APPROACH AND METHODOLOGY
aeioTU is a social enterprise that operates centers for infants and toddlers with a strong emphasis on high-quality early childhood development (ECD) through education, nutrition, and care. Its objective is the transformation of Colombian society through early childhood development with a special focus on attending vulnerable communities. aeioTU anticipates becoming the industry leader for early childhood services in Colombia and gaining the reputation as a role model for innovative, holistic, and high-quality pedagogical attention available to all children irrespective of their economic background. Only by leading through example will it be possible to overcome the lack of professionalism, poor policy, and severe inefficiencies currently being conducted in the Colombian context.
At a first stage, aeioTU is expanding its services by opening its own centers and identifying both public and private sponsors to finance these operations. However, the ambitious plans of aeioTU will not be achievable purely through these means. The organization is assessing replication strategies such as franchising to scale its social impact way beyond the capacity of its own current resources.
To prepare aeioTU for a massive expansion strategy, Fundaci?n Carulla has invested heavily in organizational infrastructure and a professional management team. A centralized service hub was created, consisting of a management team of five senior professionals, each representing a different area of expertise in general management, finance & administration, communications & alliances, pedagogy, and human resources, which is assisted by nine junior professionals in administrative functions. The role of the service hub is to monitor the management of the individual centers, define the strategy of the organization, develop the business model, centralize activities that require special expertise in controlling, procurement, marketing, pedagogic guidelines, training, and coordinate the funding of the entire network.
The individual childcare centers implement a well-designed and standardized pedagogical program inspired by the well-recognized Reggio Emilia approach, which promotes social, physical, intellectual, creative, emotional, and cognitive development through the use of space and specialized pedagogic material to provide a compelling environment. The attention is complemented by nutrition, health, and care services.
aeioTU's rigorous quality standards guarantee that all children attended through its network will benefit from an optimal learning environment, such as a low teacher-to-child ratio, well-trained teachers, high safety provisions, and useful didactic material. Furthermore, many of the unique elements of aeioTU's pedagogical program, including the role of residential artists, child-driven research projects, use of recycled material, specialized areas for developing sensatory skills, and joined initiatives with the local community, represent a positive evolution in early childhood education and reflect best-practice principles of the academic community.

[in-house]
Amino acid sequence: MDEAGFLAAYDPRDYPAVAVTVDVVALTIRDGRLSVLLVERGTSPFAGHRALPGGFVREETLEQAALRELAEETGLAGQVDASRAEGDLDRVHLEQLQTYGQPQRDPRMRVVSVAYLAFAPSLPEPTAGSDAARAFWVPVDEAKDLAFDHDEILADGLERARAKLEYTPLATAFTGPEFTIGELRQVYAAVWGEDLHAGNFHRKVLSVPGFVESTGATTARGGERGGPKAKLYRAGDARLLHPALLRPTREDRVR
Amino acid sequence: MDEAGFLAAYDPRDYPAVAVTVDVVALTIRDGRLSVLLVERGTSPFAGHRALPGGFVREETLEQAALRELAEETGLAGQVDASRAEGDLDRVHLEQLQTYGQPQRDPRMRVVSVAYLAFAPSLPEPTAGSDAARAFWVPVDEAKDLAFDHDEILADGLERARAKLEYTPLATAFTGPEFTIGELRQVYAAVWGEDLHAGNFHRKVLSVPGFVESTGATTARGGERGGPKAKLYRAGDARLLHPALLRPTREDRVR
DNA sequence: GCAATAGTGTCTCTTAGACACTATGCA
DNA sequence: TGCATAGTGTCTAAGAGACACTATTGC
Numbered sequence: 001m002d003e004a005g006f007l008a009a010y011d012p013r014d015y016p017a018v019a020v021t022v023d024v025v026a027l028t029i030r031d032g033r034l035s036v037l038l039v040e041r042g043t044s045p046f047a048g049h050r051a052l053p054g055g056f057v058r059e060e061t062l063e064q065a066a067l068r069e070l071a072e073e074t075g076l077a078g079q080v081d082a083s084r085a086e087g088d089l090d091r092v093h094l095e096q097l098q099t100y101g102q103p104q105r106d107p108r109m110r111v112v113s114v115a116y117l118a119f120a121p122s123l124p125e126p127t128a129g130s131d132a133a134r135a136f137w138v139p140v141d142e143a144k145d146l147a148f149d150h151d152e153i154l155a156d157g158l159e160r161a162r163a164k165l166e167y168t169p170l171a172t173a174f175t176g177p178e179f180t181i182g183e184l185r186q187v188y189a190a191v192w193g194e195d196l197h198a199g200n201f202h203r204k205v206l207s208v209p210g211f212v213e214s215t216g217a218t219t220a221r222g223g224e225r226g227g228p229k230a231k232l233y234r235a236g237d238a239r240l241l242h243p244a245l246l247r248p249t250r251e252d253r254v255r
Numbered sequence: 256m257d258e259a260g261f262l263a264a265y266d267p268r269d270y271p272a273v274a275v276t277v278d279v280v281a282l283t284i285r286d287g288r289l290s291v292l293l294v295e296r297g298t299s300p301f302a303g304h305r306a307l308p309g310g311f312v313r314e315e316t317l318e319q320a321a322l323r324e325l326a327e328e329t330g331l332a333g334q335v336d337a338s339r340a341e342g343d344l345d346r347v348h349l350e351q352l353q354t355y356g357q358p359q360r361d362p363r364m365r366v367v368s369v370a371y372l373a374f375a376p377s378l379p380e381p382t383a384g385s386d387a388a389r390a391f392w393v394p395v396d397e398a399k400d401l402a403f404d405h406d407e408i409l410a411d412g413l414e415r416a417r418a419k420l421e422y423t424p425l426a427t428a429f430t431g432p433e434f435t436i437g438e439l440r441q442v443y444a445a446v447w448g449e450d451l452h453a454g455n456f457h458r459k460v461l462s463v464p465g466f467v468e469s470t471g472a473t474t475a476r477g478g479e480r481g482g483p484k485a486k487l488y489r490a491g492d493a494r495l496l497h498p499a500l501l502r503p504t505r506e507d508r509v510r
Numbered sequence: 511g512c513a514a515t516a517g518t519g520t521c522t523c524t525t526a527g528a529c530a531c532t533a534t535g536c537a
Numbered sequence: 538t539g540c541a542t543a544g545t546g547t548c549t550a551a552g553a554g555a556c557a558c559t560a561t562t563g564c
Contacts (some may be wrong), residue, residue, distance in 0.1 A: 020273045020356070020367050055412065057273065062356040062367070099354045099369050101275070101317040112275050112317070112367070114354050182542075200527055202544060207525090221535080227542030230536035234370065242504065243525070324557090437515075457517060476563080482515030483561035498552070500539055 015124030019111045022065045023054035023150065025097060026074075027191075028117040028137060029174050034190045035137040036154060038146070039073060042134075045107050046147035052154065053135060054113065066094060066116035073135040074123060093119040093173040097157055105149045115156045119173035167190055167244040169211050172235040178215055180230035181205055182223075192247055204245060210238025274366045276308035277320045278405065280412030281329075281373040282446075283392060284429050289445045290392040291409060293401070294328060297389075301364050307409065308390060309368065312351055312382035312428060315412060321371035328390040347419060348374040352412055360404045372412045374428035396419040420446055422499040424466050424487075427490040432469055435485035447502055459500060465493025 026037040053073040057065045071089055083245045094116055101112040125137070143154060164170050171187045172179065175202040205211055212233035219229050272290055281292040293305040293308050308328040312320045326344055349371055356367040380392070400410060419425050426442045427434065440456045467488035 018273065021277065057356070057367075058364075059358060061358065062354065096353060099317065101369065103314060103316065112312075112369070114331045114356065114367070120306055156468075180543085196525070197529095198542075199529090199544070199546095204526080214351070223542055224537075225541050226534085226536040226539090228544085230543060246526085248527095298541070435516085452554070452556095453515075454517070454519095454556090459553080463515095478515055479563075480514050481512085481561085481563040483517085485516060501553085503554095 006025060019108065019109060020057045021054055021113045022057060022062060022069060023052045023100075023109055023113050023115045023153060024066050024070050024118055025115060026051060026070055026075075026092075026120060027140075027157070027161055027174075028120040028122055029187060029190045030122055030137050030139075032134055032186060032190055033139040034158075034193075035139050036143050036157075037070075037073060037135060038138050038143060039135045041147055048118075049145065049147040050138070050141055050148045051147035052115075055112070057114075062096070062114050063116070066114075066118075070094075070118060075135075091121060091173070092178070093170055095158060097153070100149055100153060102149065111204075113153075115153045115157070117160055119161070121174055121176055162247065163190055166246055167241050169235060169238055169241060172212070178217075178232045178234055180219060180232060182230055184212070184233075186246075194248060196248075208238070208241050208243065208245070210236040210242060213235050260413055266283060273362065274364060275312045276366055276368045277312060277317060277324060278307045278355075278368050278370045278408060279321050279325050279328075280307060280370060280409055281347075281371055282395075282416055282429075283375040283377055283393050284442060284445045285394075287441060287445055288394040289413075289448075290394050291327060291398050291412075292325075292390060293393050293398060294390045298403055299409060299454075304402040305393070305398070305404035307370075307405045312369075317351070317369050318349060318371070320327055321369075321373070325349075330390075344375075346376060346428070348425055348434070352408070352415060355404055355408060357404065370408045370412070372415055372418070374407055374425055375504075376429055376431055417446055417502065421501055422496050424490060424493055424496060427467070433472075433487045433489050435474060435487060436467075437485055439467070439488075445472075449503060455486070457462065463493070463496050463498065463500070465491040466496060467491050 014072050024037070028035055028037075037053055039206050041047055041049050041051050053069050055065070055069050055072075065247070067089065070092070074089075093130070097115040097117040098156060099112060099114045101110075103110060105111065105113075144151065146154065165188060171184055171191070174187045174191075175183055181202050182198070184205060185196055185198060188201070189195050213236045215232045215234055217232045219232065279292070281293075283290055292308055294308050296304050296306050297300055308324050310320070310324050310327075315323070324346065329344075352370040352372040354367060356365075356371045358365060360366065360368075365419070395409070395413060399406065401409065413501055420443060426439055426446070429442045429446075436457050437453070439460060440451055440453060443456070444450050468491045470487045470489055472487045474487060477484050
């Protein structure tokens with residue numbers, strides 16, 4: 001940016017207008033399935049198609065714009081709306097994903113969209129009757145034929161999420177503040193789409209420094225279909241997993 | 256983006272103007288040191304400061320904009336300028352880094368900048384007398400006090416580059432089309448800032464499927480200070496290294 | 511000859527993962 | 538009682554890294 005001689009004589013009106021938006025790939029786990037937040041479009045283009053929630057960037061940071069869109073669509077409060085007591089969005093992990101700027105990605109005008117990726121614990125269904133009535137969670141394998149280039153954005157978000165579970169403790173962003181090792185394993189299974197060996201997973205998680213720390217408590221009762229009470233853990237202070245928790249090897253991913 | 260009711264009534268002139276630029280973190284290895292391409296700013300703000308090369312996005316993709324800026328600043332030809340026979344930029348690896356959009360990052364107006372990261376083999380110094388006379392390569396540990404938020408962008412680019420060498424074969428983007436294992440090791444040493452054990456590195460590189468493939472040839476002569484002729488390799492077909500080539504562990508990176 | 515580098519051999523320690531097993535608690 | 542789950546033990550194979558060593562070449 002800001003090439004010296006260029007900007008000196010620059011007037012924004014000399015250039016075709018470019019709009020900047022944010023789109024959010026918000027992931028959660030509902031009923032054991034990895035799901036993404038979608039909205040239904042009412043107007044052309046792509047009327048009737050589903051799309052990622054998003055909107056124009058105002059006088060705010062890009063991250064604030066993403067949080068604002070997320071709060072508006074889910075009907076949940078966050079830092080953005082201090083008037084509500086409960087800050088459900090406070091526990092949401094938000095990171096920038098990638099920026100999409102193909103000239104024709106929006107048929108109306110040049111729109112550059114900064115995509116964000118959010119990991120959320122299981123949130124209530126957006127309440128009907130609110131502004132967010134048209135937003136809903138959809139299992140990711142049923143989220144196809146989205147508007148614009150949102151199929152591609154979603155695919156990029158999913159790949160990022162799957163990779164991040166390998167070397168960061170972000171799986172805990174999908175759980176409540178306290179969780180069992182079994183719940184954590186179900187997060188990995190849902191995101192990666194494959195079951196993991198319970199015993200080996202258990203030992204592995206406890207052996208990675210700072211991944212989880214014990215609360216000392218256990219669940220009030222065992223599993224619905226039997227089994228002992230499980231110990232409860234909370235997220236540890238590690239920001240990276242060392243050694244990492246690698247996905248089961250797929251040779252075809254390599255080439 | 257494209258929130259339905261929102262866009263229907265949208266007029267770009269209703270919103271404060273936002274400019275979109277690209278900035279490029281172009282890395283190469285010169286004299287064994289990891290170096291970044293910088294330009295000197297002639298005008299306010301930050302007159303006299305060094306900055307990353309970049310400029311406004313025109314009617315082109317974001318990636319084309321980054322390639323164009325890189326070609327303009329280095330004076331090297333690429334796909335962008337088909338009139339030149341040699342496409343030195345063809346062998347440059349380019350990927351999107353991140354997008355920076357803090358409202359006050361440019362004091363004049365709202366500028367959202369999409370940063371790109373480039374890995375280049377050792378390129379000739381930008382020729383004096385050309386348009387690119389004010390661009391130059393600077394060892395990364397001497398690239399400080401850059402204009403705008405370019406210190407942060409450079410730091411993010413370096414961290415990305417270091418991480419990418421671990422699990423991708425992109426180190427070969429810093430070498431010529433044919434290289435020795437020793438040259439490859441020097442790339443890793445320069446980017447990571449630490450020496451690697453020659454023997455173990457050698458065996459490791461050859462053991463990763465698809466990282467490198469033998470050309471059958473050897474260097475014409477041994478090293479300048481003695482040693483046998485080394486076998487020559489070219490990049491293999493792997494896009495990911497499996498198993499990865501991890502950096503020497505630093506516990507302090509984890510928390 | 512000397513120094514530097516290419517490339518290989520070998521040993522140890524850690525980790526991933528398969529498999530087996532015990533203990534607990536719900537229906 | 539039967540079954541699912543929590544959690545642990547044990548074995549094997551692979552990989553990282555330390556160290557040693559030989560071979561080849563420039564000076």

IMPLEMENTATION, TIMELINE, AND DELIVERABLES
Since its launch in 2008, aeioTU has created a total of five childcare centers in Bogot?, Santa Marta, and Barranquilla, attending over 1,400 children. While the first years of its existence were mainly dedicated to building infrastructure and management capacity, the organization is now entering a phase where it will primarily focus on scaling its operations by opening new centers. By means of an ambitious expansion strategy, aeioTU aims to double its current capacity in just 15 months to reach 2,800 children by January 2012.
Within its operating network, aeioTu differentiates between three different kinds of centers. The first category, Type A centers, consist of for-profit centers set up in exclusive areas and serve the high-end market segment. These clients pay a high price premium for the first-class education services offered by aeioTU. The profits generated by these centers are used entirely to subsidize centers in poor neighborhoods, an important fact much appreciated by these clients.
Type B centers will serve families from low-to-middle-class. So far no such center exists, but there are currently plans to open the first center as a pilot project in 2011. The objective of these centers is to operate financially sustainable educational centers without a dependency on long-term subsidies. This implies that type B centers will mainly service those with enough purchasing power to pay a price that will cover operational costs and recover start-up costs. aeioTU anticipates seeing the highest growth in this segment because it corresponds to the largest segment in the Colombian market and the business model is very suitable for replication once its commercial feasibility has been proven in practice.